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GoDaddy founder gives University of Baltimore $5 million to help some students, vets pay tuition

The founder of GoDaddy.com is giving $5 million to the University of Baltimore to help community college graduates and military veterans cover the cost of tuition, the school announced Monday.

University President Kurt Schmoke said that the Bob and Renee Parsons Foundation, a nonprofit foundation run by the family of Baltimore native Bob Parsons, will donate $1 million a year over the next five years to a scholarship fund to help an estimated 250 students a year pursue a degree at the four-year university.

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Parsons, 69, founded GoDaddy, an Internet domain name registration service, in 1997 and sold most of it in 2011. Raised in Highlandtown, Parsons joined the Marine Corps and served and was wounded in Vietnam. He later attended University of Baltimore on the G.I. Bill. He graduated with a degree in accounting and became a technology entrepreneur. Forbes values his fortune at $2.7 billion.

“A college degree is a game changer,” Parsons said in a statement. “It opens the door to more career opportunities, higher paying jobs and a happier life.”

The University of Baltimore will use the Parsons foundation’s gift to establish a scholarship fund Schmoke called “Complete for Free,” which will cover the gap in tuition costs faced by some community college graduates and military veterans who receive financial aid through the federal Pell Grant program.

The Pell Grant program offers aid to undergraduate students “who display exceptional financial need and have not earned a bachelor’s graduate, or professional degree,” according to the U.S. Department of Education. But, Schmoke said, Pell Grants fall short of covering the cost of tuition at the university.

“This is a major gift," Schmoke said. "It’s the largest gift we’ve received dedicated to scholarships.”

The scholarship fund will be available to students who graduate from the state’s community colleges and are eligible to receive funding through the Pell grant, Schmoke said. Military veterans who have completed 60 credits worth of classes at a state community college also will be eligible for the funding.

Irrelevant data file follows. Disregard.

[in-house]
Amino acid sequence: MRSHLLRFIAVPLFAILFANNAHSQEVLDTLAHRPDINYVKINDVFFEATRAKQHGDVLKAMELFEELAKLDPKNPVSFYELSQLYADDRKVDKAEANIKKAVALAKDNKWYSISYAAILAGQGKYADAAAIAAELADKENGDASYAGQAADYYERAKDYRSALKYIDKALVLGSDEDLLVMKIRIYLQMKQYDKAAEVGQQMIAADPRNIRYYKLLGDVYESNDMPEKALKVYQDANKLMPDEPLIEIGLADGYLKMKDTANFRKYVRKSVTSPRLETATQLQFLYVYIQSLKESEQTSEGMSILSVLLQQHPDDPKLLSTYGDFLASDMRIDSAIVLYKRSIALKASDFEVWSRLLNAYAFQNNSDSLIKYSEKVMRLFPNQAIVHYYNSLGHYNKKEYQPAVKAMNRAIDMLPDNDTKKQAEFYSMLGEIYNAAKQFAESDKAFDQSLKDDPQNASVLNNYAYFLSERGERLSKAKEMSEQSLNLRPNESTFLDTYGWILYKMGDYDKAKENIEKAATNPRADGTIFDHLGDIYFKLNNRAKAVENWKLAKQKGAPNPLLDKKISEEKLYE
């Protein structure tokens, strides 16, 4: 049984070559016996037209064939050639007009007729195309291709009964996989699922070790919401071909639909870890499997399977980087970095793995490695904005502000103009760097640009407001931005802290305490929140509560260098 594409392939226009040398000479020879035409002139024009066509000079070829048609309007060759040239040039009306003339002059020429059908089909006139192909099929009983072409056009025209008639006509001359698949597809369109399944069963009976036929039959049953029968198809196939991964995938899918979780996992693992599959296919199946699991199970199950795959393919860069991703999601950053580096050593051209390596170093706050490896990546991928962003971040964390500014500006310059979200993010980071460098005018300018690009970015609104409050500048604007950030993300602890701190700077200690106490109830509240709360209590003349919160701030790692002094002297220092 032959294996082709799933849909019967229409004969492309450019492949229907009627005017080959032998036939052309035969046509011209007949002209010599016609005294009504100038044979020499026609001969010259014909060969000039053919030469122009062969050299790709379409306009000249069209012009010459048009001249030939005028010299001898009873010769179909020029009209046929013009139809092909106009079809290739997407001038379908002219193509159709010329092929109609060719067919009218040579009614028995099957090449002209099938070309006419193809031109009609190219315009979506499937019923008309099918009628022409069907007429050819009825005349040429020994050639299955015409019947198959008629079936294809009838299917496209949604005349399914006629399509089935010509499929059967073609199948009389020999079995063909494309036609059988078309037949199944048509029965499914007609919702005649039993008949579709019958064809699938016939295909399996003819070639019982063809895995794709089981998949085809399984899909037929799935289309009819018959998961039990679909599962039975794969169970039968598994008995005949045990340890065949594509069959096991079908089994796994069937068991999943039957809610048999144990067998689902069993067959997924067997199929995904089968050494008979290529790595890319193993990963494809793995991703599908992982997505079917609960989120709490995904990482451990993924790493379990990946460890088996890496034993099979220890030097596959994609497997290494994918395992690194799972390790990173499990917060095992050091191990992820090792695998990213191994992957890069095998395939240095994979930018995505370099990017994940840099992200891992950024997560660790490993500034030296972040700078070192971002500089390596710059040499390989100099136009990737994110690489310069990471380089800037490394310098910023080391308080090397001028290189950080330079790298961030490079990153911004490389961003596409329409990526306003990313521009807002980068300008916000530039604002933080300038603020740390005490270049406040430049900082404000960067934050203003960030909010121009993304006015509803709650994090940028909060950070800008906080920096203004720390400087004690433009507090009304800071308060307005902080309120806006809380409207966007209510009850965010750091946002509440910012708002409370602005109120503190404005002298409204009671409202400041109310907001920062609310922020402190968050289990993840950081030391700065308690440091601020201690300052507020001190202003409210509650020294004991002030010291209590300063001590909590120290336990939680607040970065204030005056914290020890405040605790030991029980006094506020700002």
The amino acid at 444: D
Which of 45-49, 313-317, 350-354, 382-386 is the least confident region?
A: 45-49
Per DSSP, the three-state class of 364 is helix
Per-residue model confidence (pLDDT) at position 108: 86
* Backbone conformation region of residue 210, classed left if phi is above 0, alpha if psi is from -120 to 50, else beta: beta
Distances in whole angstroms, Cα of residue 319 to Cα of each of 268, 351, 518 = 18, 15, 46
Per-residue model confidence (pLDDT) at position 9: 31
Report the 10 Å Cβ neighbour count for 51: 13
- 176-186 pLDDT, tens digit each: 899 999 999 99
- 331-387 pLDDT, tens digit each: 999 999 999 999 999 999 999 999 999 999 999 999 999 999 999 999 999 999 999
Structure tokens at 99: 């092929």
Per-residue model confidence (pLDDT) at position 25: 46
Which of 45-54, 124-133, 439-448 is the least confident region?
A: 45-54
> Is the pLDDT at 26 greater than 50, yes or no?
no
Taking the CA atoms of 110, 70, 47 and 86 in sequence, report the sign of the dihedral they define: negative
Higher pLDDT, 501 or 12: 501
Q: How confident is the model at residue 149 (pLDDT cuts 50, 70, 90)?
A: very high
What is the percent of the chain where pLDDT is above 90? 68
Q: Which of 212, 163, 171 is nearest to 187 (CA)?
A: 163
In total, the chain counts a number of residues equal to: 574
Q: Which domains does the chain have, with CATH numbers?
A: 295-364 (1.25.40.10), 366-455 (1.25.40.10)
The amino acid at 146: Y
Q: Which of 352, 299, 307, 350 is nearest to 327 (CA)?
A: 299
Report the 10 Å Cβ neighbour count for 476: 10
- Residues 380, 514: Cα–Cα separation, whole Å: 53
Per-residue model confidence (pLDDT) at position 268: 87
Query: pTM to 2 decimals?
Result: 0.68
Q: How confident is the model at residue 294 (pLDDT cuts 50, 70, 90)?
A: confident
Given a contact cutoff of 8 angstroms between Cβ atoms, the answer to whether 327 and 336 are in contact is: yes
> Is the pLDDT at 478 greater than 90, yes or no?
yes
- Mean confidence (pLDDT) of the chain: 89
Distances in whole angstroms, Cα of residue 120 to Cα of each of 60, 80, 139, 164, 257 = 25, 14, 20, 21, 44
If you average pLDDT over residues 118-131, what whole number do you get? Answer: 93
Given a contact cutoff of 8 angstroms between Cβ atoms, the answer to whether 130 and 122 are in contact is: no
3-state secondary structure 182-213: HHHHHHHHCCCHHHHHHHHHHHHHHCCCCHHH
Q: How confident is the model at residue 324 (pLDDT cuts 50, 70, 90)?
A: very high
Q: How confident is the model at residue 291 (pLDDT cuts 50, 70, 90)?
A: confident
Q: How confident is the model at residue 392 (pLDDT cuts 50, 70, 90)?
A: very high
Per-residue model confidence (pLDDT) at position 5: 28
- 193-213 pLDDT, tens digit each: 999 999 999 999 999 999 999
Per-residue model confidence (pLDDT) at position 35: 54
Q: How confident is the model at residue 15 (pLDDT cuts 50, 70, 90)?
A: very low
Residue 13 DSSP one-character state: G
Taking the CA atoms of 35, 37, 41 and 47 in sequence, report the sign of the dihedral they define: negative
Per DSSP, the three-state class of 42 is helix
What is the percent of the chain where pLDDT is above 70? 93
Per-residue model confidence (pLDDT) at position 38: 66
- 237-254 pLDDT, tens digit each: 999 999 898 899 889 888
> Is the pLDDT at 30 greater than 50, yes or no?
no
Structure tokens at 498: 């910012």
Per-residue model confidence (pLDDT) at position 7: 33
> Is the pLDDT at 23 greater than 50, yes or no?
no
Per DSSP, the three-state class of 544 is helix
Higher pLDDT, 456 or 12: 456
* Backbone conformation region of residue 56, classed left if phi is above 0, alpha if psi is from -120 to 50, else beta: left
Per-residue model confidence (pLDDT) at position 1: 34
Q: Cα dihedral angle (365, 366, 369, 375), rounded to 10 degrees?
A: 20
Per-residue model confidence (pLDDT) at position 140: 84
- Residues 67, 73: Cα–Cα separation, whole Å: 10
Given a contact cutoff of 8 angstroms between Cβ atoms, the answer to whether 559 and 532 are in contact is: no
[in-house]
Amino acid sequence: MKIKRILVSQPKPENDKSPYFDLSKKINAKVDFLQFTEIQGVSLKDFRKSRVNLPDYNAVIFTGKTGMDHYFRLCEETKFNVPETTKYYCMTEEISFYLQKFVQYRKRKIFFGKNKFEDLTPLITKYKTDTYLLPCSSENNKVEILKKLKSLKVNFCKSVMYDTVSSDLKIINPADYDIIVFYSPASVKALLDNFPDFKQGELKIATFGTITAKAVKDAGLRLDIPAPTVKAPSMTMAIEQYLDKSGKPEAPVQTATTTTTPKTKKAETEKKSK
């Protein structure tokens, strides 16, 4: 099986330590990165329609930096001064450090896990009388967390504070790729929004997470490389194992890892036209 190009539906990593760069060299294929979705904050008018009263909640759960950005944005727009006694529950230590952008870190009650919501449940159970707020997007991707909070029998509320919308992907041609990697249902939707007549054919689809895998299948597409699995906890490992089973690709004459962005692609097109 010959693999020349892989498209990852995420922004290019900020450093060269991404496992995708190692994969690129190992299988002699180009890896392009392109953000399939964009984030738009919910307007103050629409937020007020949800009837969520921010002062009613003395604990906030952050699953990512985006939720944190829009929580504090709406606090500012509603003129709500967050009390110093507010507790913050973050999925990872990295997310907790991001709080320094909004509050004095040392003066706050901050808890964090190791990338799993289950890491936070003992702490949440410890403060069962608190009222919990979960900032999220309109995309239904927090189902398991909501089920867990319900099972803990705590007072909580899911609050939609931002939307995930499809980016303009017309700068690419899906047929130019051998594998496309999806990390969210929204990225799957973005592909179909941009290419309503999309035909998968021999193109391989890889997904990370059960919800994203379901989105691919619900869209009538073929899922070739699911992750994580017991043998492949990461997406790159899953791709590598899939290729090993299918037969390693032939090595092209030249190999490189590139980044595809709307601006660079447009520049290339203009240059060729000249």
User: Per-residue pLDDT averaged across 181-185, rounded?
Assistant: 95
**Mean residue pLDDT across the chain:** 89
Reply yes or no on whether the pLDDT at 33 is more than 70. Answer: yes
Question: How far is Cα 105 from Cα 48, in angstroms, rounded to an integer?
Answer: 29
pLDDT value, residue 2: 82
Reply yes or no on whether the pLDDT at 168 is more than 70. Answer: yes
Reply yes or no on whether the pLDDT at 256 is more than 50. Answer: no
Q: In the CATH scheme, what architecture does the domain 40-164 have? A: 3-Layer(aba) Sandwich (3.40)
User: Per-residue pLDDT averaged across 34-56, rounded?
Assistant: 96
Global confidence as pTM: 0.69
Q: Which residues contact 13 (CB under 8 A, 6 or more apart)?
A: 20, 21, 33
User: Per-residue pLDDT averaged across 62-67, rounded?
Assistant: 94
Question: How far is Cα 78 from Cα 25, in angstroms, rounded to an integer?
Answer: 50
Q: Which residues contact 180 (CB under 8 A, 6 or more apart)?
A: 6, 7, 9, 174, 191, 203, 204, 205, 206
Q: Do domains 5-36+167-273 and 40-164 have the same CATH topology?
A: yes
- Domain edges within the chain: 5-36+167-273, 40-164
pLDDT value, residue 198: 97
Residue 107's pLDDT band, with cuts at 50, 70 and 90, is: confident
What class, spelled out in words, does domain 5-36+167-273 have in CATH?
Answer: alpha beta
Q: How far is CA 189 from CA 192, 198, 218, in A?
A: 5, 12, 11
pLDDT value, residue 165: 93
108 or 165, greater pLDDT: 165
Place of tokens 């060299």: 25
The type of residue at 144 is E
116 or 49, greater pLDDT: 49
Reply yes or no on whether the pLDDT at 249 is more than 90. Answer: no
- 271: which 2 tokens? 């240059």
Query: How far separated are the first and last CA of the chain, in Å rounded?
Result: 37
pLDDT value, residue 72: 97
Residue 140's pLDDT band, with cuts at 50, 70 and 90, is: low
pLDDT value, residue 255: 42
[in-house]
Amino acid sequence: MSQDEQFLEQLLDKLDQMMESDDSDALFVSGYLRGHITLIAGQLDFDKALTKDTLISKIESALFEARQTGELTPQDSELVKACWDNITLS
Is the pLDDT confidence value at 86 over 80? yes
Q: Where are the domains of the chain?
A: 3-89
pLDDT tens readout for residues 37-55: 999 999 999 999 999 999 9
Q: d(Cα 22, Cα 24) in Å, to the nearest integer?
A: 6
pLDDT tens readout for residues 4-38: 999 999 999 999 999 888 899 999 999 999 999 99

Schmoke said making the funding available to more veterans was part of the stipulation behind Parsons’ donation.

Several community college presidents joined Schmoke to talk about the importance of offering aid to the state’s community college graduates.

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Howard Community College President Kathleen Hetherington said many families are hit with “sticker shock” as they look to further their education at four-year colleges.

“For students, the things that stand in their way for success are time and money,” Hetherington said. “These students will be going full-time, so that will accelerate their time to their degree and they’ll have the money available to pay for the second two years. That is quite incredible.”

Dr. Jay Perman, the newly appointed chancellor of the University System of Maryland, spoke of how he’d received a full scholarship to medical school, which his family wouldn’t have otherwise been able to afford.

“I know what this means to these young people,” said Perman, thanking the Parsons family for the donation. “Because these young people will get a letter that says ‘Congratulations. Your education is paid for.’”

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